Bursting with newfound energy, actor and singer-songwriter Kayden Muller-Janssen is a rising personality to keep on your radar this year and beyond.
In October, Kayden shared her debut EP aptly titled Unraveled, featuring five intimate records that put her talent on display. With each track separating itself from one another, previously released cuts like “Crave” and “No Maybe” gave listeners alike a peak into her world. Meanwhile, songs like “I’d Rather Go Blind” and “Let You Go” introduce us all to a new side of the burgeoning artist. Clocking in just under 15 minutes, the full-length project leaves you yearning for more whilst laying the foundation for the next chapter in her career.
Music aside, Kayden currently plays Hartley in the Disney series The Villains of Valley View. When adolescent supervillain Havoc stands up to the League of Villains, she and her family are banished to a Texas suburb, where she starts over under the name Amy Madden. Hartley, played by Muller-Janssen, serves as Amy’s kind classmate and next-door neighbor who happens to befriend the evil Madden family. Not to mention, she collaborated with fellow cast member Isabella Pappas on “We Don’t Care” from the series’ official soundtrack.
On the heels of her recent EP, we had the pleasure of chatting with Kayden Muller about her early memories of music and film, putting out the project, and joining the cast of Disney’s The Villains of Valley View. Read on to see our conversation.
For those who are unfamiliar, can you walk us through your childhood—when did the idea of acting become a possible reality for you?
My entire family are professional equestrians so I grew up riding horses but I was the oddball who used her artistic ability in joining a competitive twirling team where we enacted parts of popular animated Disney movies. I joined a local theatre. I attended a Middle School of the Arts, performed in school plays, Dorothy in the Wizard of Oz was my favorite. We jumped on an opportunity to travel to LA for a showcase and it was then that I saw the possibility of pursuing acting as a career.
Obviously you spent time acting in school productions, but when did you recognize the power that film and other mediums of entertainment have?
I always enjoyed watching TV and movies, I would get lost in them, studying the characters and dreaming about being on the big screen myself. As I grew older, I started to have a better idea what it would actually mean to me to have others watch me act and hopefully connect to my character or hear me sing and relate to me; the ability to maybe make a difference in someone’s life.
When it comes to Gen Z, a lot of us oftentimes see ourselves in the characters we see in films or musicians we listen to growing up. If you can recall, who were the role models that paved the way for you?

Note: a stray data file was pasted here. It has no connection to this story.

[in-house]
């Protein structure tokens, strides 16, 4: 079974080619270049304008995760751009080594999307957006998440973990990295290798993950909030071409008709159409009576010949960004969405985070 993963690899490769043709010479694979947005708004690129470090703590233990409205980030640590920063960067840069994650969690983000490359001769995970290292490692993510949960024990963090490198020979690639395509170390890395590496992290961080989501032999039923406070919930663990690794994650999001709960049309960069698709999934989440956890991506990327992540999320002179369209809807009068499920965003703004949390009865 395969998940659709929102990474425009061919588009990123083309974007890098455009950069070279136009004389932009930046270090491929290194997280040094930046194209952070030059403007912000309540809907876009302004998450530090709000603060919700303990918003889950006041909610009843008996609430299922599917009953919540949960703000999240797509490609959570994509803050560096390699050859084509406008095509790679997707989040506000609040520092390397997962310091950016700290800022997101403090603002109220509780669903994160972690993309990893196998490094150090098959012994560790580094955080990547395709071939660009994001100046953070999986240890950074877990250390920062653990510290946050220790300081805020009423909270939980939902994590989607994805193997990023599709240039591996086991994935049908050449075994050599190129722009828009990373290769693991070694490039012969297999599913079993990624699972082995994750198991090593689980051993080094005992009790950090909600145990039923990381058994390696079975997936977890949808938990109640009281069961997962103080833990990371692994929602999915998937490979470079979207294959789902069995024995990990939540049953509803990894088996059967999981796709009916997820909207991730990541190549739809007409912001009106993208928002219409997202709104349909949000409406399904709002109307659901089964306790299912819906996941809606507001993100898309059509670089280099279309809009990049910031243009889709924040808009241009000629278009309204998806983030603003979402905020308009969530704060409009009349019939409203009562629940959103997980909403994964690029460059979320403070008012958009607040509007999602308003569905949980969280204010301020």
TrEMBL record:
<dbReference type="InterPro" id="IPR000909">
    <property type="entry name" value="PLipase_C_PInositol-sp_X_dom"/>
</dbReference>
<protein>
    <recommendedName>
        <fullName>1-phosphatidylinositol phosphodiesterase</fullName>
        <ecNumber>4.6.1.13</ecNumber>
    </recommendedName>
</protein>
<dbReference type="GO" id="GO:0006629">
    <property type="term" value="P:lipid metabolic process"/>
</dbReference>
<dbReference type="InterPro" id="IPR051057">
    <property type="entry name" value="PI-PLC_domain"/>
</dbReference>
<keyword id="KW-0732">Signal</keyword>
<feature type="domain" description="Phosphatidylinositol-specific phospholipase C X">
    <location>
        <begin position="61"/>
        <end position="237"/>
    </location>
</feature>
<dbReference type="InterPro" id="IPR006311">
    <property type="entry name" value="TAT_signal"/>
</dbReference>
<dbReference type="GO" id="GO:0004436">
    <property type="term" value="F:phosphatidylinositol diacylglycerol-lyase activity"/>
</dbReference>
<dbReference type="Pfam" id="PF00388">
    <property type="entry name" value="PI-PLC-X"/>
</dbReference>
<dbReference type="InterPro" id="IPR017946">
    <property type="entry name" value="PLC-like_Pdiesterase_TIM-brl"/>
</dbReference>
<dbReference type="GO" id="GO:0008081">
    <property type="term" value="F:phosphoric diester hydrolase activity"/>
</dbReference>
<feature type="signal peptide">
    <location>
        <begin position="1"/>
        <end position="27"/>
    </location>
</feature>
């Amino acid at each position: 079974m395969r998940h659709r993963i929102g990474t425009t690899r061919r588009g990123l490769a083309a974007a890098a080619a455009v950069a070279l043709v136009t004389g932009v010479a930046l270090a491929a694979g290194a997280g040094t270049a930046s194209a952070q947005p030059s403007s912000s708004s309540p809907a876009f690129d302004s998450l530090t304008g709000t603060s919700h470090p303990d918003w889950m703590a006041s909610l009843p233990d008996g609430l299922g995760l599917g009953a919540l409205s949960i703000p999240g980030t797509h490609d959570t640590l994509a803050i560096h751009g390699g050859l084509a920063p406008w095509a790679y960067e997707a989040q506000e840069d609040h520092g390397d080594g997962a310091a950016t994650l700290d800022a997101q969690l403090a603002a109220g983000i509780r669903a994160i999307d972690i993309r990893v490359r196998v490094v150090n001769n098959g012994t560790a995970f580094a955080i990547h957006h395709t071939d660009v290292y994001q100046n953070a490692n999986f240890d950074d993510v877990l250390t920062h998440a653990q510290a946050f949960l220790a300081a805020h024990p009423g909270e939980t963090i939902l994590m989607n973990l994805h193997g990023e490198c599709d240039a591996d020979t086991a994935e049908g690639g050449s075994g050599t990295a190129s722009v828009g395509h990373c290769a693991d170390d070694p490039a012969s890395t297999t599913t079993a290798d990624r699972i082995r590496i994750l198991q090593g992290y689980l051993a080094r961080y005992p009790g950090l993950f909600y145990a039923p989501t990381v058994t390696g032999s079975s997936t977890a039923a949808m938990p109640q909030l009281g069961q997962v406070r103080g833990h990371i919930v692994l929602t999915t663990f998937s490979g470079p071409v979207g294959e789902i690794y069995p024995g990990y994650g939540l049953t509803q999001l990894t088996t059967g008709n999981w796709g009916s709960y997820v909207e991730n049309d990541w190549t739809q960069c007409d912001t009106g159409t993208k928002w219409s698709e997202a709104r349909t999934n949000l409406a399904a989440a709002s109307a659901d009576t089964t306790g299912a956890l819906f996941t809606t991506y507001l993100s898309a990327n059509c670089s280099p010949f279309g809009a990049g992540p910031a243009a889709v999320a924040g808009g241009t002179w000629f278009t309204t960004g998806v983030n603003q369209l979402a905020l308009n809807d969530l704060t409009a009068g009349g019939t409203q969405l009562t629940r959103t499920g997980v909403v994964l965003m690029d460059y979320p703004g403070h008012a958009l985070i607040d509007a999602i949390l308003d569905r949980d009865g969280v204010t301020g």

As a child, I saw Christina Aguilera, musically and acting-wise in Burlesque, as one of my favorite role models. I would dress up, put on these pink high heels I begged for, for Christmas, and sing and dance my heart out. Then as an older person, it definitely is Zendaya who I would consider as a role model for where I would like to be one day.
As a multidisciplinary artist, you are involved in so many different creative outlets, whether it be acting or making music. When do you feel most creatively free?
I feel most creatively free when I am in my room by myself, sitting behind the piano, and create songs.
Congratulations on landing yourself a role in the new Disney series The Villains of Valley View. How did this opportunity come about and with this being one of your bigger roles, how does it feel?
Through my managers, I auditioned for the role of Hartley quite late in the game and was beyond thrilled to land the job. It almost feels surreal. I always wanted to be part of the Disney family and now that it’s real, it sometimes still feels like a dream.
Pivoting into music, what emotions and feelings do you find easiest to translate into songs? What makes music so special for you use opposed to other forms of creative expression?
For me music is the way to let out any kind of emotions I have whether happy or sad. Most of the emotions on paper are about previous relationships with people and it has helped me to cope with the way I was feeling at that time and helped me to move on. In acting, you are given certain emotions and you make the auditions feel them with you, but they are not my emotions; in music, everything that comes out of my mouth, is truly mine.
Regarding your upcoming EP, what do you want fans to take away from the body of work, and ultimately what emotions and thoughts do you hope to evoke in listeners?
With my EP, I like to show my audience a bit of who I am, that I am versatile and not bound to just one genre. But most of all, I like to share with them my story and hope they can connect to the meaning of them and find them useful.
In anticipation of the project, you released songs like “Crave” and “No Maybe,” how do they set the tone for the full-length release?
“Crave” and “No Maybe” came out ahead of the EP to give my audience a taste of what is to come. All songs are a bit different from each other.
With the year coming to a close soon and reflecting on all of your accomplishments, what do you look forward to the most as you continue to grow your audience?
I feel so fortunate to have had the chance to make my dream come true, in acting as well as in music. I hope that I can continue to show people more layers of who I am, what I am capable of and move them with my songs.